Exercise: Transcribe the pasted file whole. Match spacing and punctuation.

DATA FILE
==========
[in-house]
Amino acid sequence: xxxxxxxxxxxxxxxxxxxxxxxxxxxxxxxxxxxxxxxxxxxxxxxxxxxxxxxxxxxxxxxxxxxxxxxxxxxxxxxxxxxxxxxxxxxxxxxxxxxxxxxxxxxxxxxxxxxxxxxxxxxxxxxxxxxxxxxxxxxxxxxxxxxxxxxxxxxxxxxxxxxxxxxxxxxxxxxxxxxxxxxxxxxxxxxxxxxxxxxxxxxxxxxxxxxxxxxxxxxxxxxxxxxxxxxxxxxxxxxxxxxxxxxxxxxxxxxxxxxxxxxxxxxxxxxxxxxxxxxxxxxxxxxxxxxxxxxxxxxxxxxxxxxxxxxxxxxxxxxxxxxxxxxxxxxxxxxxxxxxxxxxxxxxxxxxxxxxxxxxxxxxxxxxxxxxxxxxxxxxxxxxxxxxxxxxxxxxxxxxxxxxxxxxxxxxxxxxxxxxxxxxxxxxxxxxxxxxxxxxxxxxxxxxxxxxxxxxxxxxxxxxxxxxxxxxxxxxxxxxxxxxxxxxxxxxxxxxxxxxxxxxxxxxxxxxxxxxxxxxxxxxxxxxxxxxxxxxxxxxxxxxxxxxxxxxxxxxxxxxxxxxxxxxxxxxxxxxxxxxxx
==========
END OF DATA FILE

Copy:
[in-house]
Amino acid sequence: xxxxxxxxxxxxxxxxxxxxxxxxxxxxxxxxxxxxxxxxxxxxxxxxxxxxxxxxxxxxxxxxxxxxxxxxxxxxxxxxxxxxxxxxxxxxxxxxxxxxxxxxxxxxxxxxxxxxxxxxxxxxxxxxxxxxxxxxxxxxxxxxxxxxxxxxxxxxxxxxxxxxxxxxxxxxxxxxxxxxxxxxxxxxxxxxxxxxxxxxxxxxxxxxxxxxxxxxxxxxxxxxxxxxxxxxxxxxxxxxxxxxxxxxxxxxxxxxxxxxxxxxxxxxxxxxxxxxxxxxxxxxxxxxxxxxxxxxxxxxxxxxxxxxxxxxxxxxxxxxxxxxxxxxxxxxxxxxxxxxxxxxxxxxxxxxxxxxxxxxxxxxxxxxxxxxxxxxxxxxxxxxxxxxxxxxxxxxxxxxxxxxxxxxxxxxxxxxxxxxxxxxxxxxxxxxxxxxxxxxxxxxxxxxxxxxxxxxxxxxxxxxxxxxxxxxxxxxxxxxxxxxxxxxxxxxxxxxxxxxxxxxxxxxxxxxxxxxxxxxxxxxxxxxxxxxxxxxxxxxxxxxxxxxxxxxxxxxxxxxxxxxxxxxxxxxxxxxxxxxxx